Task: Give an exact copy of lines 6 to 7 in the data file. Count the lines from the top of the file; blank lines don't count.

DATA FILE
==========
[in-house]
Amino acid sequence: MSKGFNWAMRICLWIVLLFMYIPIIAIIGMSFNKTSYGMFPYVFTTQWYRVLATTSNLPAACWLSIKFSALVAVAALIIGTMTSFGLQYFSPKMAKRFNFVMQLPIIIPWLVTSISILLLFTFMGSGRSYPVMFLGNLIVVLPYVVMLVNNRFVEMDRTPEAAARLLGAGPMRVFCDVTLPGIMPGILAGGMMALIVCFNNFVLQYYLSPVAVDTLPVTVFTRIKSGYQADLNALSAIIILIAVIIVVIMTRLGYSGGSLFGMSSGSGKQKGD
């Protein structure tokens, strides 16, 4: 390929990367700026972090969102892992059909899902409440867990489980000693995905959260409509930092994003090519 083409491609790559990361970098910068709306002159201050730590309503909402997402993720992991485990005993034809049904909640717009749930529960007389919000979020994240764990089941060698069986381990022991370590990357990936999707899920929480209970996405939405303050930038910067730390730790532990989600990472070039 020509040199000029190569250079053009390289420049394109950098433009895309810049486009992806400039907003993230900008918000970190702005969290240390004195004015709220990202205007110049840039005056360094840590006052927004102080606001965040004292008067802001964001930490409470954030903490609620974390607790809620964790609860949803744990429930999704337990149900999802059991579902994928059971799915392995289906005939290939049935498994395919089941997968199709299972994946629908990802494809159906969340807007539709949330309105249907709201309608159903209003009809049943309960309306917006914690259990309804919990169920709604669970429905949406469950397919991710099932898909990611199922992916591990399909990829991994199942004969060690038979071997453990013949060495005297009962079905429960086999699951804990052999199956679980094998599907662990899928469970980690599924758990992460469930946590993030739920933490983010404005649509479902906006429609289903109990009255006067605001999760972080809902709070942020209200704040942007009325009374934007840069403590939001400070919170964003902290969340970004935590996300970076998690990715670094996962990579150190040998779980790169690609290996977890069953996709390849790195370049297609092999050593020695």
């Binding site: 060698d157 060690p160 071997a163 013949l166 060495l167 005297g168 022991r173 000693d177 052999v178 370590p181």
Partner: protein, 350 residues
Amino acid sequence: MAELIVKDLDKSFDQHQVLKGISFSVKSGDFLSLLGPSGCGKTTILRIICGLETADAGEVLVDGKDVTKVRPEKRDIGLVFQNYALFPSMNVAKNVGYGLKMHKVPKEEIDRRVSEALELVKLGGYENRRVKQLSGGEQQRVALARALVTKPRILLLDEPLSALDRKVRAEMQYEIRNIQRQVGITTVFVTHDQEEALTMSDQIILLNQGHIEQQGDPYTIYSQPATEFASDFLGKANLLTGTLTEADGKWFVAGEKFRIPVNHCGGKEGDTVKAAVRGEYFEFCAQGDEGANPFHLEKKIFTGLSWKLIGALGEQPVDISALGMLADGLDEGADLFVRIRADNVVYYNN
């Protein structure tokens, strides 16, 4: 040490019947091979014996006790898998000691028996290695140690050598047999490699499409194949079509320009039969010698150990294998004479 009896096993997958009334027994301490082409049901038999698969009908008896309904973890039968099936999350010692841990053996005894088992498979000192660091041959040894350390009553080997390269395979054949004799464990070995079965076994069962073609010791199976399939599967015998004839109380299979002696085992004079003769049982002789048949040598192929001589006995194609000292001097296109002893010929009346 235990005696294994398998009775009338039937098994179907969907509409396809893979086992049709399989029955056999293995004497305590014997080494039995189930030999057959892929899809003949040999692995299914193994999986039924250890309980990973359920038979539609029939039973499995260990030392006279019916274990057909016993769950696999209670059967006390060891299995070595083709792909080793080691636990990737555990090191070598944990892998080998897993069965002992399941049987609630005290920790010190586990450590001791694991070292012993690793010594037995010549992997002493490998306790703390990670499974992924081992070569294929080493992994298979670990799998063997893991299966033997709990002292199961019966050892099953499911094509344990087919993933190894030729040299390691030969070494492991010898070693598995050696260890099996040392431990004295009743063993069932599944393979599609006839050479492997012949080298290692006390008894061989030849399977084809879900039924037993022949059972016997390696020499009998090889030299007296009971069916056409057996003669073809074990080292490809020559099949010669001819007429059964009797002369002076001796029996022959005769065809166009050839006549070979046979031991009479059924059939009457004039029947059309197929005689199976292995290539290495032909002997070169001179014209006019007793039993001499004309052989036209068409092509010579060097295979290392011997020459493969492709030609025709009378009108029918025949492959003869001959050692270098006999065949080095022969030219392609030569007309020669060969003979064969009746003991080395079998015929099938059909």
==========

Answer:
Amino acid sequence: MAELIVKDLDKSFDQHQVLKGISFSVKSGDFLSLLGPSGCGKTTILRIICGLETADAGEVLVDGKDVTKVRPEKRDIGLVFQNYALFPSMNVAKNVGYGLKMHKVPKEEIDRRVSEALELVKLGGYENRRVKQLSGGEQQRVALARALVTKPRILLLDEPLSALDRKVRAEMQYEIRNIQRQVGITTVFVTHDQEEALTMSDQIILLNQGHIEQQGDPYTIYSQPATEFASDFLGKANLLTGTLTEADGKWFVAGEKFRIPVNHCGGKEGDTVKAAVRGEYFEFCAQGDEGANPFHLEKKIFTGLSWKLIGALGEQPVDISALGMLADGLDEGADLFVRIRADNVVYYNN
């Protein structure tokens, strides 16, 4: 040490019947091979014996006790898998000691028996290695140690050598047999490699499409194949079509320009039969010698150990294998004479 009896096993997958009334027994301490082409049901038999698969009908008896309904973890039968099936999350010692841990053996005894088992498979000192660091041959040894350390009553080997390269395979054949004799464990070995079965076994069962073609010791199976399939599967015998004839109380299979002696085992004079003769049982002789048949040598192929001589006995194609000292001097296109002893010929009346 235990005696294994398998009775009338039937098994179907969907509409396809893979086992049709399989029955056999293995004497305590014997080494039995189930030999057959892929899809003949040999692995299914193994999986039924250890309980990973359920038979539609029939039973499995260990030392006279019916274990057909016993769950696999209670059967006390060891299995070595083709792909080793080691636990990737555990090191070598944990892998080998897993069965002992399941049987609630005290920790010190586990450590001791694991070292012993690793010594037995010549992997002493490998306790703390990670499974992924081992070569294929080493992994298979670990799998063997893991299966033997709990002292199961019966050892099953499911094509344990087919993933190894030729040299390691030969070494492991010898070693598995050696260890099996040392431990004295009743063993069932599944393979599609006839050479492997012949080298290692006390008894061989030849399977084809879900039924037993022949059972016997390696020499009998090889030299007296009971069916056409057996003669073809074990080292490809020559099949010669001819007429059964009797002369002076001796029996022959005769065809166009050839006549070979046979031991009479059924059939009457004039029947059309197929005689199976292995290539290495032909002997070169001179014209006019007793039993001499004309052989036209068409092509010579060097295979290392011997020459493969492709030609025709009378009108029918025949492959003869001959050692270098006999065949080095022969030219392609030569007309020669060969003979064969009746003991080395079998015929099938059909």